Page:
United States General Accounting Office Washington, D.C. 20548 General Government Division B-275475 September 30, 1997 The Honorable Dianne Feinstein United States Senate Subject: Customs Service: Information on Southwest Border Drug . Enforcement Onern Dear Senator Feinstein You asked us to undertake a review of the drug enforcement operations of the U.S. Customs Service along the Southwest border of the United States. As we recently agreed with your office, our preliminary work on the issues you raised indicated that we should concentrate on Customs’ (1) methodology for allocating resources for drug enforcement activities, (2) internal controls and inspection requirements for cargo entry processes, and (3) internal controls and safeguards that are in place for records in the Treasury Enforcement Communications System. Our work on these three issues is continuing and will be reported to you separately. Also as agreed with your office, we prepared this letter to document the information we obtained on the other issues you raised. In summary, the issues and the information we obtained are: Customs’ emnhasis on its drug enforcement mission: The Commissioner and other Customs officials emphasized Customs’ drug enforcement programs to Customs employees in a variety of ways and on many occasions. . . Customs I wrocesses for trammg inswectors: Customs trains its inspectors initially at the Federal Law Enforcement Training Center at Glynco, Georgia This &week course includes classes on drug interdiction responsibilities. Other training in drug interdiction methods is provided at the Customs facility at Laredo, Texas, to focus on interdiction - problems and methods on the Southwest border. GAO/GGD-97-173B Border Drug Interdiction 42kqTKy/ 573cc a, B-275475 Data on Customs’ cocaine seizures at commercial norts of entrv along the Southwest border: Customs made a total of 23 seizures of cocaine, totaling more than 20,000 pounds, at 6 of the 24 commercial cargo ports of entry during fiscal years 1994 through 1996. There were no cocaine seizures at the other 18 commercial cargo ports of entry. .. .c ‘Y e i * The development and use of drug information: Customs’ intelligence operations were recently restructured. About 25 percent of the narcotics seizures made by Customs from commercial cargo crossing the Southwest border was attributed to prior information in tical year 1996. According to Customs officials, prior information includes not only intelligence leads but also information obtained from other sources, such as informants. The wlnerabilitx of insnectors’ radio communications svstems: Prior to the mid- 198Os,Customs’ communications systems were vulnerable to interception by drug smugglers because they operated in a “clear” mode, but current systems can be encrypted and, according to Customs officials, are not believed to be vulnerable to interception when operatig in the encrypted mode. Actions addr ssing the wroblem of “swatters” (i.e.. individuals ho observe watterns of Customs &pections and wass them along to smuaersk C\toms officials have recognized the problem of spotters and have implemented several initiatives at key ports of entry intended to reduce the problem. The werformance of the truck X-rav svstem.J Two truck X-ray systems are currently in operation (one recently installed). The use of the first truck X-ray system resulted in more than 120 seizures of narcotics (almost 24,000 pounds) from September 1994 through July 1997. Enclosure I contains the information that we developed on each of these issues in response to your request. As agreed with your office, we do not plan any further work on these issues at this time. In developing the information in enclosure I, we (1) interviewed key officials and reviewed budget, personnel, and program documents at Customs’ headquarters and at three Customs Management Centers located along the Southwest border and (2) visited three ports of entry-otay Mesa, California; Laredo; and Nogales, Arizona-where we observed drug interdiction operations; interviewed port officials and inspectors; and obtained, reviewed, and analyzed data on workload and performance. We did not independently verify these data We also interviewed three Special Agents-in-Charge from Customs’ Office of Investigations and visited the Federal Law Enforcement Training Center in Georgia for information on Customs’ training activities. ‘The truck X-ray system provides X-ray images of full-size tractor trailers, tanker trucks, other types of commercial vehicles, and automobiles. 2 GAO/GGD-97-173R Border Drug Interdiction B-275475 AGENCY COMMENTS AND OUR EVALUATION We requested comments on a draft of this letter from the Secretary of the Treasury or his designees. On September 12, 1997, the Deputy Assistant Secretary of the Treasury for Tariffs and Trade and other Department of the Treasury and Customs officials provided us with their oral comments on the draft. These officials generally agreed with the contents of the draft letter and provided technical comments and clarifications. We have incorporated the comments in this letter where appropriate. We hope this information is helpful to you. We will make a copy of this letter available to other interested parties on request. Major contributors to this letter are listed in enclosure II. If you or your staff have any questions about the information in this letter, please contact me on (202) 512-8777 or Darryl Dutton, Assistant Director, on (213) 83@1000. Sincerely yours, Norman J. Rabkin Director, Administration of Justice Issues Enclosures - 2 3 GAO/GGD-97-173R Border Drug Interdiction ENCLOSURE I ENCLOSURE I INFORMATION ON TBE CUSTOMS SERVICE’S SOUTHWEST BORDER DRUG ENFORCEMENT OPERATIONS BACKGROUND Created in 1789, the U.S. Customs Service is one of the federal government’s oldest agencies. Although its original mission was to collect revenue, Customs’ mission has expanded to include ensuring that all goods and persons entering and exiting the United States do so in accordance with all U.S. laws and regulations. Moreover, a major goal of Customs is to prevent the smuggling of drugs into the country by creating an effective drug interdiction, intelligence, and investigation capability that disrupts and dismantles smuggling organizations. As of January 1997, Customs performed its mission with a workforce of about 19,500 personnel at the following locations: Customs headquarters in Washington, D.C., and 20 Customs Management Centers, 20 Special Agent-in-Charge offices, and 301 ports of entry around the country. Of the 301 ports, 24 are located along the Southwest border and- through 39 crossing points-handle both passengers and commercial cargo entering the United States. Customs collects revenues in excess of $23 billion annually while processing the estimated 14 million import entries and 450 million people entering the countzy each year. In September 1996, we issued a report on Customs’ drug interdiction efforts.’ As 1 of the more than 50 federal agencies involved in the national drug control effort, Customs is responsible for stopping the flow of illegal drugs through the nation’s ports of entry. In addition to routine inspections to search passengers, cargo, and conveyances3 for illegal drugs moving through U.S. ports, Customs’ drug interdiction program includes investigations and other activities unique to specific ports. Our September 1996 report identied and described the key elements, resources, costs, and performance measures of Customs’ national drug interdiction program as well as those of its investigative offices and selected ports in the Miami, Florida, and San Diego, California, areas. The report also described drug interdiction activities at the Miami and San Diego area ports, including information on the ports, estimates of the resources Customs had invested in drug interdiction and investigative activities at the ports, and traditional measures of these activities’ success. Our report also discussed the challenges Customs was facing in its drug interdiction mission. We pointed out that Customs’ major challenge was to effectively carry out its drug interdiction and trade enforcement missions while at the same time facilitating the flow of persons and cargo across the borders. Customs has to perform these missions .- 2Customs Service: Drug Interdiction Efforts (GAO/GGD-96189BR, Sept. 26, 1996). 3Conveyancesinclude cars, buses, trucks, aircraft, and vessels. 4 GAO/GGD-97-173R Border Drug Interdiction ENCLOSURE I ENCLOSURE I despite continuous and extensive threats from drug smugglers along the Southwest border. Finally, we noted in the September 1996 report that Customs, just as other law enforcement agencies engaged in the fight against drug smuggling, has attempted to develop performance measures. Traditional output measures, such as the number of drug seizures, do not allow officials to gauge the overall effectiveness of drug interdiction activities. Even the new, nontraditional measures being developed (e.g., estimating the number of drug smugglers entering the ports) may not allow Customs to assess,over time, whether increased efforts are producing better outcomes, our report concluded. The ports of entry that we visited during this work-Laredo, Texas; Otay Mesa, California; and Nogales, Arizona-+ere three of the busiest on the Southwest border in terms of the numbers of vehicles and commodities entering the United States each day. The ports also processed a diverse mixture of imports, including produce, television sets, and liquor. Laredo consists of two separate cargo facilities: the downtown Laredo facility and a newer facility approximately 22 miles west, the Columbia Bridge facility; combined, they form the busiest commercial cargo port on the Southwest border. For the purposes of this review, we focused only on the operations of the Laredo facility, the busiest of the two facilities. During fiscal year 1996, the Laredo facility handled about 732,000 vehicles (465,625 laden and 266,826 empty), which was an average of 2,007 vehicles per day.q The Laredo facility processed a variety of . commodities during the year, including produce, apparel, auto parts, steel, chemical products, and liquor, as well as large amounts of hazardous .materials (e.g., chemicals and flammable liquids). The 2 Laredo cargo facilities had a total of 113 dock spaces (13 at the Laredo facility and 100 at the Columbia Bridge facility) available for Customs to examine trucks and cargo and, as of July 1997, had a combined staff of 82 Customs inspectors, canine enforcement officers, and supervisors (49 at the Laredo facility and 33 at the Columbia Bridge facility). The Laredo facility is located 154 miles south of San Antonio, Texas. Otay Mesa has been the third busiest commercial cargo port on the Southwest border. In i?scal year 1996, Otay Mesa handled over 516,000vehicles (258,711 laden and 257,543 empty), which was an average of 1,422 vehicles per day. Otay Mesa-processed a mixture of cargo, including produce, television sets, and electronic components. Over 100 dock spaces were available for Customs inspections and, as of July 1997, Otay Mesa had 110 inspectors, canine enforcement officers, and supervisors. The port is located about 15 miles south of San Diego. Nogales, the fifth busiest commercial cargo port on the Southwest border, handled about 208,000 vehicles (154,259 laden and 53,503 empty) during fiscal year 1996, 4The average number of vehicles per year reflects the traf&z average over an l-year period, which includes both weekdays, when the volume of ~&EC is much higher, and weekends, when traffic volume is much lower. 5 GAO/GGD-97-173R Border Drug Interdiction ENCLOSURE I ENCLOSURE I which was an average of 572 vehicles per day. Nogales had 92 dock spaces dedicated to Customs inspections and, as of April 1997, had a staff of 27 inspectors, canine enforcement officers, and supervisors. Nogales processed a variety of industrial commodities during the year, such as auto parts and medical products; however, in winter, the majority of its cargo was produce. The port is located 67 miles south of Tucson, Arizona CUSTOMS’ EMPHASIS ON ITS DRUG ENFORCEMENT MISSION The Commissioner and other Customs officials provided direction to their personnel regarding Customs’ drug enforcement mission in a variety of ways. First, in his fiscal year 1997 Customs Annual Plan message to Customs employees, the Commissioner identified drug enforcement as an area of the agency’s primary emphasis and detailed a strategy to combat drug smuggling. The strategy called for, among other things, (1) an increase in resources for “Operation Hard Line”;5 (2) the development and use of intelligence; and (3) the development and implem~entation of drug interdiction technologies, such as truck X-ray systems. Second, Customs’ draft strategic plan-required by the Government Performance and Results Act of 1993 (P.L. 103-62)-for &al years 1997 to 2002 identifies the continuing threat of narcotics smuggling as one of its unique challenges as it prepares to enter the next century. The strategic plan recognizes that the smuggling of narcotics into the + United States has no simple or immediate solutions and presents a goal and a number of objectives designed to conunue Customs’ multipronged enforcement effort to increase the risk of being caught smuggling into the country. Third, the Commissioner and other Customs officials issued during 1995 and 1996 at least four memorandums to the ports of entry that identied and emphasized drug enforcement as a priority. For example, in a June 1996 memorandum to Southwest border port directors, the Assistant Commissioner for Field Operations directed that, as part of a continuing emphasis on drug enforcement, Customs inspectors were to increase and intensify the examination of vehicles. Fourth, the Commissioner visited Southwest border ports of entry during 16 trips from June 1993 to October 1996. According to Customs officials and trip summaries, during his visits the Commissioner (1) inspected drug enforcement operations; (2) met with special agents and inspectors, conveying to them the importance of Customs’ drug enforcement mission; and (3) presented awards to Customs personnel for successful drug seizures. Fifth, the Commissioner and other Customs officials testified before Congress at least 12 times between March 1996 and May 1997, emphasizing Customs’ drug enforcement priority and detailing specific actions being taken to implement the priority. ‘Operation Hard Line is Customs’ effort to address border violence and drug smuggling through intensified inspections, improved facilities, and technology. 6 GAO/GGD-97-173R Border Drag Interdiction ENCLOSURE I ENCLOSURE I Finally, in at least 23 administrative messages that were sent to Customs personnel between February 1996 and November 1996, the Commissioner, among other things, emphasized Customs’ drug enforcement priority, identified significant drug seizures, and recognized those responsible for these seizures. CUSTOMS’ PROCESSES FOR TRAINING INSPECTORS Basic training for Customs inspectors consists of an 11-week course that is given at the Federal Law Enforcement Training Center (FLETC) in Glynco, Georgia According to FLETC training officials, inspectors are to be sent to FLETC as soon as possible after being hired, although some may have had on-the-job training (OJT) before they attend the basic training’course. The Customs Program Manager at FLETC stated that, although some classes in the basic training focus specifically on drug interdiction, the majority of the classes are intended to provide inspectors with the basic knowledge and practice necessary to enforce all of Customs’ responsibilities. General basic training classes include iirearms, physical training, and Customs law. Once FLETC training is completed, Customs assigns the inspectors to various ports of entry where they are expected to augment the basics learned with structured OJT, according to FLETC officials. In addition, inspectors assigned to cargo ports of entry along the Southwest border are to receive specific training in drug interdiction methods. This training, which, beginning in fiscal year 1997, is a 6-day course called “Southern Border Interdiction Training” (SBW, is given at Customs’ Columbia Bridge cargo facility in Laredo. According to the head of Customs’ Offtce of Field C)perations, the SBIT program provides individualized instruction on the proper techniques in targeting high-risk cargo and conveyances and performing quality drug interdiction examinations. Officials in Customs’ Anti-smuggling Division told us that SBIT is taught by field subject matter experts and is basic enough to be beneficial to inspectors new to the cargo environment, but also advanced enough to benefit the more experienced inspectors. The course blends classroom training with practical field exercises, and the curriculum includes the following: cargo concealment and examination techniques; technology training, such as the use of the pallet X ray, X-ray van, and fiber-optic scopes, to examine gas tanks and other enclosed spaces; and hands-on experience with actual cargo being imported at the Columbia Bridge cargo facility. Between January 1994 and May 1997, 952 Customs inspectors and Canine Enforcement Officers attended SBIT, according to the FLETC Program Manager. Customs’ goal is to hold at least 10 SBIT programs each fiscal year and train approximately 240 inspectors per year. According to Customs officials, this will ensure that approximately 10 percent of Customs inspectors and canine enforcement officers along the Southwest border are trained each year. Also according to these officials, since 952 inspectors and canine 7 GAO/GGD-97.173R Border Drug Interdiction ENCLOSURE I ENCLOSURE I enforcement officers have been trained and 40 training classes have been held since fiscal year 1994, these goals have already been exceeded. CUSTOMS’ COCAINE SEIZURES AT COMMERCIAL PORTS OF ENTRY ALONG THE SOUTHWEST BORDER As shown in table Ll, Customs made a total of 4 cocaine seizures in fiscal year 1994, 6 cocaine seizures in fiscal year 1995, and 13 cocaine seizures in fiscal year 1996 at 6 commercial cargo ports of entry along the Southwest border. There were no cocaine seizures at the other 18 commercial cargo ports along the Southwest border during fiscal years 1994 through 1996. During the same period, Customs also made 70 marijuana seizures totaling 46,561 pounds at 12 of the 24 commercial cargo ports, as well as an unspecified number of seizures of other controIled substances, such as methamphetamine. According to Customs officials, because of inconsistent identification criteria in their drug seizure databases, they were unable to determine the exact number, location, and weight of the other controlled substance seizures. Table 1.1: Number and Weight of Cocaine Seizures at Southwest Border Commercial Cawo Porte of Entrv. Fiscal Years 1994 througih 1996 Number and weight of cocaine seizures on the Southwest border, by I%scal year Commercial cargo port of entry 1994 1996 1996 Laredo, Texas 0 0 1 (2,301 pounds) Calefico, California 4 (1,765 pounds) 1(18 pounds) 0 Brownsville, Texas 0 3 (380 pounds) 4 (5,479 pounds) Nogales, Arizona 0 1 (2,596 pounds) 5 (3,526 pounds) Hidalgo, Texas 0 0 2 (1,766 pounds) Rio Grande city, Texas 0 1 (169 pounds) 1(2,040 pounds) / Total seizures 4 6 13 Total weight I 1,765 pounds I 3,163 pounds I 16,114 pounds Source: GAO analysis of Customs data Commenting on the lack of cocaine seizures at the Otay Mesa port of entry during this period, a Customs official at the port and Customs’ Deputy Special Agent-in-Charge of its San Diego office told us that significant quantities of cocaine were probably not being 8 GAO/GGD-97.173R Border Drug Interdiction ENCLOSURE I ENCLOSURE I smuggled through the port. This view was generally supported by officials of the Southwest Border High Intensity Drug Trafficking Area (HIDTA) program6 in San Diego. HIDTA officials told us that the fact that there were few sizeable cocaine seizures may mean that enforcement efforts at the ports of entry were deterring cocaine smugglers and diverting them to routes between the ports where the risk of interdiction may be lower. According to these officials, drug smugglers do not want to risk losing large cocaine loads, which are often transported in commercial cargo, because they real& that’ prosecution guidelines require stiffer penalties for larger volume seizures. In addition, HIDTA officials suspect that drug smugglers frequently use the “shotgun” approach to smuggling cocaine. This approach means that the smugglers are moving small quantities through the passenger ports and later consolidating these loads at “stash houses” across the border for distribution. CUSTOMS’ DFXELOPMENT AND USE OF DRUG INFORMATION According to the Director of Customs’ Intelligence and Communications Division, Customs has restructured its intelligence operations. The restructuring was begun in 1995 and was intended to systematize the gathering, analysis, and dissemination of intelligence. Under the new structure, a National Analysis Operations Center at Customs headquarters is to be responsible for (1) setting intelligence priorities; (2) establishing programs to implement those priorities; (3) coordinating with various field intelligence units; and (4) overseeing the overall narcotics intelligence gathering, analysis, and dissemination . process. In the field, five Area Intelligence Units (AlU)-in Miami; New York, New York; Houston, Texas; New Orleans, Louisiana; and Los Angeles, California-are to develop intelligence on matters such as narcotics smuggling and money laundering. AIUs are to also support intelligence units at ports of entry. ATLJsare to gather data from internal Customs sources and local law enforcement agencies, analyze these data, and transmit their analyses to the field units. In addition, eight Intelligence Collection and Analysis Teams at the port-of-entry level along the Southwest border are to develop and provide intelligence information to both the investigative and inspectional operations at the ports. Finally, the Technical Intelligence Branch has been reorganized and its mission expanded to include supporting special border operations and the Of6ce of Internal Affairs. According to the Director of Customs’ Intelligence and Communications Division, Customs obtains intelligence on drug smuggling from a variety of internal and external sources. Internal sources include case and seizure reports and other Customs-collected information. External sources include informants; the Drug Enforcement Administration; and air, sea, and rail company security offices. Customs’ reports on narcotics seizures at %IDTA is a designation given by the Office of National Drug Control Policy to areas of the country that are heavily impacted by drug trafficking. Funds are provided to HIDTA areas to supplement and improve the collective efforts of local, state, and federal law enforcement to interdict, investigate, and prosecute drug traffickers. 9 GAO/GGD-97-173B Border Drug Interdiction ENCLOSURE I ENCLOSURE I commercial cargo ports for fiscal year 1996 show that Customs used “prior information” to make a number of such seizures. According to Customs officials, prior information includes not only intelligence leads but also information obtained from other sources, such as informants. Accordingly, in fiscal year 1996,42 percent of all narcotics seixures- 48 percent of all cocaine and 29 percent of all marijuana seizures-made by Customs from commercial cargo was attributed to prior information. For the Southwest border, 23 percent of all commercial cargo narcotics seizures in fiscal year 1996, including 38 percent of the cocaine seizures, was attributed to prior information. These seizures included an 1,158pound cocaine seizure in Nogales. The cocaine was found in a shipment of transformers after the port’s Document Analysis Unit (DALI) determined that the shipment had the same destination as an earlier one that had also resulted in a cocaine seizure.? VULNERABILITY OF INSPECTORS’ RADIO COMMUNICATIONS SYSTEMS According to the Director of Customs’ National Law Enforcement Communications Center (mCC), Customs’ radio communications systems are not believed to be vulnerable to interception by drug smugglers or others with scanner capabilities. Since the mid-198Os, Customs has employed a radio network that uses a National Security Agency-endorsed privacy mode. According to the Director, the NLECC is unaware of any interception of a Customs radio communication when the Digital Encryption System (DES) voice privacy feature is utilized. DES employs “white noise” (static) bursts to encrypt transrnissions- Before the implementation of the privacy mode, Customs’ radio communications operated in the “clear” transmission mode. According to Customs internal investigations in the mid-198Os, the interception of “open” radio communications by smugglers caused the death or injury of Customs personnel in two separate incidents. In one incident, a Customs enforcement officer on stakeout on the Southwest border was shot and killed by drug smugglers. An internal investigation determined that his radio communications were intercepted and contributed significantly to his death. In a second incident, two Customs agents on surveillance in Puerto Rico were tied upon and seriously injured. An internal investigation concluded that their radio communications also had been intercepted. CUSTOMS’ ACTIONS TO ADDRESS THE PROBLEM OF “SPOTTERSII The spotter problem involves narcotics smuggling organizations’ use of individuals, who are known as spotters, to observe Customs enforcement activities at the ports of entry. The smuggling organizations’ ability to observe Customs activities may allow them to take advantage of what they consider to be “windows of opportunity” (e.g., times when the 7DAUs at Customs’ commercial cargo facilities are responsible for targeting cargo for intensive examinations to detect narcotic smuggling and other violations of law. Among other things, the DAU examines and analyzes shipping documents and reviews intelligence information. 10 GAO/GGD-97-173R Border Drug Interdiction ENCLOSURE I ENCLOSURE I truck X-ray system is not operating or when enforcement actions, such as “block blitzes,“8 have been temporarily suspended) to smuggle narcotics through the ports. In 1996, the Commissioner toured many of the Southwest border ports of entry and directly experienced the magnitude of the spotter problem. As a result, on March 21, 1996, he directed that a comprehensive study be conducted to address the spotter situation. Each of the ports of entry and Investigations offices along the Southwest border were to establish teams to identify the spotter problem, report to Customs headquarters on the severity of the problem, and propose solutions to the problem. We obtained “spotter initiatives” from the three ports that we visited: Otay Mesa, Laredo, and Nogales. n\e initiatives contained local spotter threat assessments, suggested solutions, and requests for funds to enhance facilities and to purchase equipment as described below. Otav MesasI SDotter Initlativ~ Internal and external spotters had been problems at Otay Mesa, according to the March 29, 1996, spotter initiative. For internal spotters, Customs personnel often noticed an increase in activity by non-Customs personnel, such as drivers and brokers, when an enforcement action, such as a block blitz, was initiated. The non-Customs personnel overtly positioned themselves to observe Customs’ efforts and used radios and cellular phones to communicate the activities to individuals outside of the port. The external . spotters took advantage of a chain-link fence surrounding the compound to observe inside activities by using binoculars, radios, cellular telephones, and cameras. Customs personnel attempted to contact and ascertain the purposes of the internal and external surveillances but were not able to effectively stop the activities. Otay Mesa’s spotter initiative included several proposals to deter spotters, including enhancing the chain-link fence by adding green inserts to obstruct viewing into the compound, completely enclosing the inspection area with the green inserts, and enclosing the truck X ray in its own corrugated metal fence and canopy to more effectively shield enforcement activity from internal spotter observation. As of March 1997, &eral equipment items and other enhancements, including the green inserts to the chain-link fence, had been requested from Customs procurement at an approximate cost of $78,000. The spotter initiative did not include information on measures of effectiveness for the proposed solutions. .. Laredo’s &otter Imtiatr ‘V? The port of Laredo’s April 12, 1996, initiative stated that the port was having a problem with spotters, who were mobile and in possession of high-tech communication devices. *Inspectors select a group of vehicles for additional inspection, using canines and other inspection tools. 11 GAO/GGD-97-173R Border Drug Interdiction ENCLOSURE I ENCLOSURE I The initiative was intended to impede, obstruct, and disrupt spotters in the port who were adversely affecting enforcement activities. The initiative presented several alternatives as short-term solutions to the spotter problem, including identifying suspected spotters by checking for criminal backgrounds through queries of the Treasury Enforcement and Communications System and by videotaping and photographing spotters. ’ , . ; * The initiative also identified various measures to assess whether Laredo’s’soluions to the spotter problem increased the number of narcotic seizures and arrests of narcotic smugglers at the port. The initiative was ongoing at the time of our visit in January 1997; no results were available. Equipment requests were included in the initiative; however, they were mainly for Operation Hard Line and were not specifically identified as being for the spotter problem. Nodes’ Snotter Initiative Port of Nogales officials submitted a spotter initiative on July 1, 1996. The initiative stated that the physical layout of the port had invited surveillance by smugglers, which subsequently allowed them to predict and immediately counter Customs’ enforcement adjustments. The initiative proposed a number of options, including the installation of a remote camera surveillance system to observe inspectional areas, spotters, and vehicles. It also proposed visual barriers (privacy walls) to deter spotter surveillance and new doors on an inspectioual area to shield the enforcement area from public view. Nogales was also looking at another alternative to counter spotters, according to a Customs official. The National Guard was to provide an intelligence analyst/counter surveillance specialist, who would use the remote camera instzllations to photograph and catalogue suspects. Ultimately, this activiw would allow Customs to identify spotters and use their presence at or near the port as an indicator of loads of narcotics approaching the port, according to the official. The Nogales initiative also stated that Customs would attempt to identify the gross number of potential spotters and spotter locations at all Arizona ports of entry. This identification process would provide a baseline of potential spotters to measure the impact of the alternative strategies for identifying and reducing the numbers and effectiveness of spotters. At the time of our visit in December 1996, the port did not provide information on measures of effectiveness for these proposals, and not all of the requested equipment had been received. 12 GAO/GGD-97-173R Border Drug Interdiction ENCLOSURE I ENCLOSURE I PERFORMANCE OF THE TRUCK X-RAY SYSTEM In March 1997, Customs had two truck X-ray systems in operation, one at the Otay Mesa Commercial Facility and one (newly installed) at the Calexico Commercial Facility.g The Otay Mesa truck X-ray system, which was developed by the Department of Defense and installed in September 1994, is both operational and being used as a prototype to test system upgrades. The truck X-ray system provides X-ray images of full-size tractor trailers, tanker trucks, automobiles, and other types of commercial conveyances. The truck X-ray system was designed to detect contraband hidden in commercial conveyances.” Original speci&ations required the truck X ray to process between four to six vehicles per hour, including tractor-trailer trucks weighing up to 80,000 pounds. ‘The truck X ray also had to meet government safe@ standards for X-ray emissions, produce X-ray images of a specified resolution, and be safe for food cargo. The truck X ray was not intended to replace manual inspection methods; it was designed to quickly and nonintrusively examine empty trucks and truck trailers. Most trucks are randomly referred to the truck X ray during the cargo entry screening process; however, some trucks may have already been idenfied by inspectors as vehicles suspected of transporljng contraband or illegal drugs. These trucks are referred to the X ray to determinel’ whether contraband or drugs are being smuggled. Nearby passenger ports of entry, such as San Ysidro, California, also refer suspect vehicles to the truck X ray for verification. According to Customs’ data, from its inception in September 1994 through July 1997, the Otay Mesa truck X-ray system detected a total of 23,728 pounds of drugs, including (see table 1.2): 137 pounds of cocaine, 37 pounds of heroin, 23,498 pounds of marijuana, and 56 pounds of methamphetamine.‘2 gCustoms has plans to install six more truck X-ray systems by the end of 1999. Customs and the Department of Defense are reviewing and testing other nonintrusive truck imaging systems which, according to Customs officials, may better fit the needs of the cargo environment at other ports of entry. We did not review the performance of the newly installed Calexico truck X-ray system. “‘The Otay Mesa truck X-ray system has detected contraband in vehicle doors and roofs, false walls, gas tan& tires, and engine compartments. “‘Vehicles are referred to the X-ray system to: (1) determine in a rapid and nonintrusive way whether drugs or contraband are concealed in the vehicle, (2) confirm a canine alert or an inspector’s suspicion that there may be drugs in the vehicle, or (3) ensure that all drugs concealed in a vehicle have been detected (i.e., identify all concealment areas). ‘2The cocaine and heroin were detected in passenger vehicles that were referred from the port of San Ysidro; no cocaine or heroin was detected during this period in trucks passing through the port of Otay Mesa 13 GAO/GGD-97-173R Border Drug Interdiction ENCLOSURE I ENCLOSURE I Table 1.2: Truck X-rav Svstem Seizures From Sentember 1994 Through Julv 1997 Source: GAO analysis of Customs data According to the Otay Mesa X-ray Coordinator, approximately 50 percent of the drugs detected in trucks, and 90 percent detected in passenger vehicles, had already been identified in suspect vehicles before the referral to the truck X-ray system. Customs records over an l-year period, from June 1996 to May 1997, show that the X-ray system had examined a total of 23,980 vehicles, of which 64 percent were empty trucks, 35 percent were laden trucks, and 1 percent were cars or other vehicles that were . referred from passenger ports of entry.‘3 The Otay Mesa truck X-ray system is scheduled to operate during the port’s regular business hours, which are 6 am. to 8 p.m. on Monday through Friday and 9 am. to 5 p.m. on Saturdays and Sundays (although on Sundays, the X-ray system is used only for examining imported produce). Customs’ data for April 1997 show that the X ray processed an average of 6.4 vehicles per hour, and that system “downtime” was approximately 11 percent of total available time.” Customs officials defied downtime as time in which vehicles were not being X-rayed or were being processed for X-raying. System downtime includes the following: daily start-up and shut-down periods (30 minutes each); essential cleaning and preventative maintenance; mechanical breakdowns, equipment retrofit, and personnel training; and ?‘he truck X-ray system inspects more empty vehicles than laden vehicles because Otziy Mesa restricts the hours laden vehicles can enter the port. Data shown are for the period immediately followmg the most recent major system upgrade in February 1996. “Data for April 1997 represent the latest period during our review in which the X-ray system was fully operational (i.e., no system upgrades were in progress). 14 GAO/GGD-97-173R Border Drug Interdiction ENCLOSURE I ENCLOSURE I the saving of X-ray images (i.e., drug detection) on tape. Otay Mesa does not track system downtime by the above categories, only collectively. However, according to Customs officials, downtime caused by mechanical breakdowns decreased significantly after February 1996, When the truck conveyor unit, which pulls the vehicle through the X-ray system at a constant rate of speed, was replaced. Before the retrofit, Customs had identitied breakdowns to the conveyor unit as the X-ray system’s most common mechanical problem. According to the Otay Mesa X-ray Coordinator, the new conveyor unit (1) reduced downtime from an estimated 20 percent of total operating time to an average of 15 percent and (2) increased the average number of vehicles processed from 4.7 vehicles per hour to 6.2 vehicles per hour, which was a net increase in the processing rate of 32 percent. In January 1996, before the retrofit, the X-ray system processed 1,760vehicles; Customs’ data for June 1997, the most recent data available, show the system processed 2,120 vehicles during that month. As of February 1997, expenditures for the truck X-ray system at Otay Mesa totaled approximately $3.3 million.‘5 The original cost of the X-ray system-$2.8 million-was paid by the Department of Defense. Customs paid $515,738 for system upgrades, including the new conveyor unit, and approximately $30,000 for personnel-related costs, such as training and travel, on the Ctay Mesa X-ray system. Customs also estimated that it will cost an average of $3.3 million for each of the additional truck X-ray systems scheduled for deployment.‘” The Department of Defense provided $6 million in fiscal year 1997 toward the purchase of two additional systems. Customs is to pay the balance for these systems as well as the full cost of any additional systems. According to Customs officials, the truck X-ray system has met original system specifications and is now performing as expected. According to these officials, since the replacement of the original conveyor unit, the X-ray system routinely exceeds the required six vehicle per hour processing rate and is able to consistently and safely process large truCkS. ‘?&is total includes the cost of the trailer used to house X-ray monitors and taping equipment, the cost of site preparation (e.g., digging an X-ray pit), and the upgrade of the system’s conveyor unit, as well as the X-ray machine itself. ‘?his estimate may vary from port to port depending on geographic considerations. For example, because the Calexico port is located in a flood plain, its X-ray system had to be built on pilings to ensure structural integrity. 15 GAO/GGD-97-173R Border Drag Interdiction ENCLOSURE II ENCLOSURE II MAJOR CONTRIBUTORS TO THIS LETIXR GENERAL GOVERNMENT DIVISION. WASHINGTON. D.C. Darryl W. Dutton, Assistant Director Barry J. Seltser, Assistant Director, Design, Methodology, and Technical Assistance Seto J. Bagdoyan, Senior Evaluator Wendy C. Graves, Evaluator OWCE OF THE GENERAL COUNSEL. WASHINGTON. D-C. Ann H. Finley, Senior Attorney LOS ANGELES FIELD OFFICE Kathleen H. Ebert, Project Manager Barbara A. GufQ, Evaluator M. Shannon Kessler, Evaluator (264436) 16 GAOfGGD-97-173R Border Drug Interdiction ‘. . .c 1 J Ordering Information The first copy of each GAO report and testimony is free. Additional copies are $2 each. Orders should be sent to the following address, accompanied by a check or money order made out to the Superintendent of Documents, when necessary. VISA and Mastercard credit cards are accepted, also. Orders for 100 or more copies to be mailed to a single address are discounted 26 percent. Orders by maih U.S. General Accounting Office P.O. Box 37060 Washington, DC 20013 or vi& Room 1100 700 4th St. NW (corner of 4th and G Sts. NW) U.S. General Accounting Office Washington, DC Orders may also be placed by calling (202) 612-6000 or by using fax number (202) 512-6061, or TDD (202) 512-2637. Each day, GAO issues a list of newly available reports and testimony. To receive facsimile copies of the daily list or any list from the past 30 days, please call (202) 612-6000 using a touchtone phone. A recorded menu will provide information on how to obtain these lists. For information on how to access GAO reports on the INTEBNET, send an e-mail message with “info” in the body to: email@example.com or visit GAO’s World Wide Web Home Page at: http#www.gao.gov United States General Accounting Office BuIkEate Washington, D.C. 20648-0001 Postage & Fees Paid GAO Permit No. GlOO Official Business Penalty for Private Use $300 Address Correction Requested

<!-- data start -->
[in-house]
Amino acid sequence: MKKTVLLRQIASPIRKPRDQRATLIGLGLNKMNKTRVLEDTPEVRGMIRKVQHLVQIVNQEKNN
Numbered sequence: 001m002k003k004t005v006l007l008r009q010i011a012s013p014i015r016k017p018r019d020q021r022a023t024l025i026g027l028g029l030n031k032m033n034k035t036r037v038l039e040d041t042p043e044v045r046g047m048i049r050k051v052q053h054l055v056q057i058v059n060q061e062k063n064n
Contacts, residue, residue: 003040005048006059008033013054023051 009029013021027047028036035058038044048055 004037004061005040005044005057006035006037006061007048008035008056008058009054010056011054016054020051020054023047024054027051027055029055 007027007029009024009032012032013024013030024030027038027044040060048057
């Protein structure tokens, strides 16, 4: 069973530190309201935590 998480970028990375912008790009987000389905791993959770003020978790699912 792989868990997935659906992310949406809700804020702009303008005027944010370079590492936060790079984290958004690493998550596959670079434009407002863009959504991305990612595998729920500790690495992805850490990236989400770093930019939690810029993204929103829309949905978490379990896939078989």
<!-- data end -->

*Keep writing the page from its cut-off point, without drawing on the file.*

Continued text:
Customs Service: Information on Southwest Border Drug Enforcement Operations
Published by the Government Accountability Office on 1997-09-30.
Below is a raw (and likely hideous) rendition of the original report. (PDF)